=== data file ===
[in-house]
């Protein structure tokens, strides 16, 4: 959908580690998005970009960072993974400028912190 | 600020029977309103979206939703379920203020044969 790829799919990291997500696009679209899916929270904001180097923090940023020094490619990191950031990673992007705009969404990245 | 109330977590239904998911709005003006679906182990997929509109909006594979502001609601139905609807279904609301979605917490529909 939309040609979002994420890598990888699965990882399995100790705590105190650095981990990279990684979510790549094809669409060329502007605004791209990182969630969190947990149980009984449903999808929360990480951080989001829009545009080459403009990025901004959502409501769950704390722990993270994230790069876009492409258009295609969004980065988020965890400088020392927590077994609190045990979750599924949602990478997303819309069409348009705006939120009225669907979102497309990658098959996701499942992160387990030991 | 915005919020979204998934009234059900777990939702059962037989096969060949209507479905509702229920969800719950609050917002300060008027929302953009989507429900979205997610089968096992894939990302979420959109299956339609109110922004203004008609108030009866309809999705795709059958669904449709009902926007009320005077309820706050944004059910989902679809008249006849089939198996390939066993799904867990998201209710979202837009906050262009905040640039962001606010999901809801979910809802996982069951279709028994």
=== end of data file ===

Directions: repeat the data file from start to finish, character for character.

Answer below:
[in-house]
């Protein structure tokens, strides 16, 4: 959908580690998005970009960072993974400028912190 | 600020029977309103979206939703379920203020044969 790829799919990291997500696009679209899916929270904001180097923090940023020094490619990191950031990673992007705009969404990245 | 109330977590239904998911709005003006679906182990997929509109909006594979502001609601139905609807279904609301979605917490529909 939309040609979002994420890598990888699965990882399995100790705590105190650095981990990279990684979510790549094809669409060329502007605004791209990182969630969190947990149980009984449903999808929360990480951080989001829009545009080459403009990025901004959502409501769950704390722990993270994230790069876009492409258009295609969004980065988020965890400088020392927590077994609190045990979750599924949602990478997303819309069409348009705006939120009225669907979102497309990658098959996701499942992160387990030991 | 915005919020979204998934009234059900777990939702059962037989096969060949209507479905509702229920969800719950609050917002300060008027929302953009989507429900979205997610089968096992894939990302979420959109299956339609109110922004203004008609108030009866309809999705795709059958669904449709009902926007009320005077309820706050944004059910989902679809008249006849089939198996390939066993799904867990998201209710979202837009906050262009905040640039962001606010999901809801979910809802996982069951279709028994």